Canadian kids typically get their first round of the two-dose combined measles, mumps and rubella vaccine at 12 to 15 months old, so there’s a window of time when infants may be unprotected.  

But just one shot is thought to have an efficacy level of upwards of 85 per cent, federal figures suggest, while the full set of doses has an efficacy level of nearly 100 per cent. Many experts also recommend that infants travelling outside the country can get an extra dose earlier than 12 months old, leading to a three-dose series in those cases.

When overall vaccination rates drop, unvaccinated kids can easily catch this highly contagious virus, stressed pediatrician Dr. Caroline Quach-Thanh, a professor at the University of Montreal.

In some cases, that could be the result of parents choosing to avoid immunization for their children. But Quach-Thanh noted that immunocompromised kids, including those having chemotherapy, simply can’t get the measles vaccine as it contains a weakened form of the virus — a type of shot that’s highly effective in the general population but risky for people with compromised immune systems.

“And so if we vaccinate them, it might lead to measles because their immune system is just too weak to control the vaccine,” Quach-Thanh explained. 

WATCH | How to protect yourself from measles: 

How to protect yourself against measles

The potential community spread of measles in several cities and an alarming rise in cases abroad has health officials warning Canadians to make sure their vaccinations are up-to-date. The National asks the experts to break down how we got here and what you can do to protect yourself from one of the world’s most contagious viruses.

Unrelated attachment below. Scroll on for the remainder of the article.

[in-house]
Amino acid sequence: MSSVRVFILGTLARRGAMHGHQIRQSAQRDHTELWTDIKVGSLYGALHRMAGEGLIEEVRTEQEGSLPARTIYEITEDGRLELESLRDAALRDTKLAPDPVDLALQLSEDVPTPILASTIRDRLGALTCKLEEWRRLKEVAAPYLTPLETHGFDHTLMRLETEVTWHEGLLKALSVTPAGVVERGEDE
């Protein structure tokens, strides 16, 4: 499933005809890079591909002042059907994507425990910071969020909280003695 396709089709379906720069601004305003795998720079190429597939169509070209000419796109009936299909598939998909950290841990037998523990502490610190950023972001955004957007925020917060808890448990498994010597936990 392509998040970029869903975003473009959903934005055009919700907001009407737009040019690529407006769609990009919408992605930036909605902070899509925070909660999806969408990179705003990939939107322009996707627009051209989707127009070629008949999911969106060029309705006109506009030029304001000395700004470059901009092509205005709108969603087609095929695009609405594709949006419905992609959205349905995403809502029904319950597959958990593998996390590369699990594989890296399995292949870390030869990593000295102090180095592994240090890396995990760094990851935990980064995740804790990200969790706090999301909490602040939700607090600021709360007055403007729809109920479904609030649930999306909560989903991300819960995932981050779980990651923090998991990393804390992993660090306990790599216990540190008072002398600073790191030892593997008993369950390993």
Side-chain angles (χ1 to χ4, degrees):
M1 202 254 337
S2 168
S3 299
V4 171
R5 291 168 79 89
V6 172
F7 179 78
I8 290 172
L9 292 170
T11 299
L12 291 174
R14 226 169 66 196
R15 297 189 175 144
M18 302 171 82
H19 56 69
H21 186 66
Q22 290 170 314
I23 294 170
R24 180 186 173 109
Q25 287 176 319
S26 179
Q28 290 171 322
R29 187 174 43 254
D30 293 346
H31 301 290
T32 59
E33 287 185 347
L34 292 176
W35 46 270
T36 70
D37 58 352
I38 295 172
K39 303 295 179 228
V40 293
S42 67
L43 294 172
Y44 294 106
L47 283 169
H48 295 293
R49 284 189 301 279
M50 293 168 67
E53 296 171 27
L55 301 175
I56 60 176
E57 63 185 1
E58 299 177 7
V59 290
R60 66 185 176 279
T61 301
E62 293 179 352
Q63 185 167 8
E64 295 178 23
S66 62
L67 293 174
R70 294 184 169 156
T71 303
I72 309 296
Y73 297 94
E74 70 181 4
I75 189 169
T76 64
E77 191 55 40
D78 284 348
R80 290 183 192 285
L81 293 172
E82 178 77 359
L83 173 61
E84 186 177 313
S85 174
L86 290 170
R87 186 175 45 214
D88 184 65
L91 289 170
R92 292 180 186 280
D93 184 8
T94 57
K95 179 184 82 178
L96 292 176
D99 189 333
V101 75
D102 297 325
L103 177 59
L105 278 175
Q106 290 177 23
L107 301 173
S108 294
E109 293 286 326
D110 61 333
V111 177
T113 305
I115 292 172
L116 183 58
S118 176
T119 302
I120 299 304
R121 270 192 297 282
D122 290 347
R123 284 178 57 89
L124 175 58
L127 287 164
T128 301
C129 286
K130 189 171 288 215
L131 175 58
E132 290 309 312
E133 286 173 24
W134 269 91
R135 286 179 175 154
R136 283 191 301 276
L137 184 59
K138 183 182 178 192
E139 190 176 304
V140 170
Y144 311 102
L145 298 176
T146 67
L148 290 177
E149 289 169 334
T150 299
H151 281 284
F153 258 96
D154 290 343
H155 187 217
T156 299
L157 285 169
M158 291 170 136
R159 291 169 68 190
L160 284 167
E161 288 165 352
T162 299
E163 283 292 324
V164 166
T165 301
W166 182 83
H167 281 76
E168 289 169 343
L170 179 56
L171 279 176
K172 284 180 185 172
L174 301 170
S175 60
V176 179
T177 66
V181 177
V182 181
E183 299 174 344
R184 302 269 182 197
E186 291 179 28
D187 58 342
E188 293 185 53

Dire health impacts for unvaccinated children

When unprotected infants and children do catch measles, the illness is often mild. But there’s also a wide range of possible health impacts besides its telltale rash. 

Measles is thought to be deadly in one in every 3,000 cases, Quach-Thanh said. It’s also known for causing other life-altering ailments like pneumonia, brain inflammation and hearing loss. 

She also pointed to research suggesting devastating health issues can crop up years after an initial infection, including a condition known as subacute sclerosing panencephalitis (SSPE), or Dawson disease. The progressive neurological disorder is persistent, disabling and eventually leads to death.

One study from researchers in California, published in the medical journal Clinical Infectious Diseases in 2017, showed a high rate of Dawson disease cases among unvaccinated children, particularly those infected with measles during infancy.

“SSPE demonstrates the high human cost of ‘natural’ measles immunity,” the research team wrote.

WATCH | How Quebec battled this year’s measles outbreak: 

How Quebec has held off a major measles outbreak so far

Experts say public health officials responded quickly and thoroughly. But they say the rise in cases at the start of 2024 should serve as a wake-up call.

Quebec efforts to curb measles cases

Curbing those kinds of health impacts requires higher immunization levels, experts agree. And this year, Quebec proved progress is possible.

Despite having pockets of school vaccination rates as low as roughly 30 per cent, the province managed to curtail its spike in infections through contact tracing efforts, post-exposure vaccination for high-risk contacts and what Quach-Thanh called “aggressive” efforts to raise school vaccination rates.

The strategy seemed to work: Cases largely stabilized, with a current total of 51 infections so far this year, including nearly half of those in Montreal.

And, thankfully, no deaths.

“We’ve been lucky,” Quach-Thanh said. “It could have happened to us.”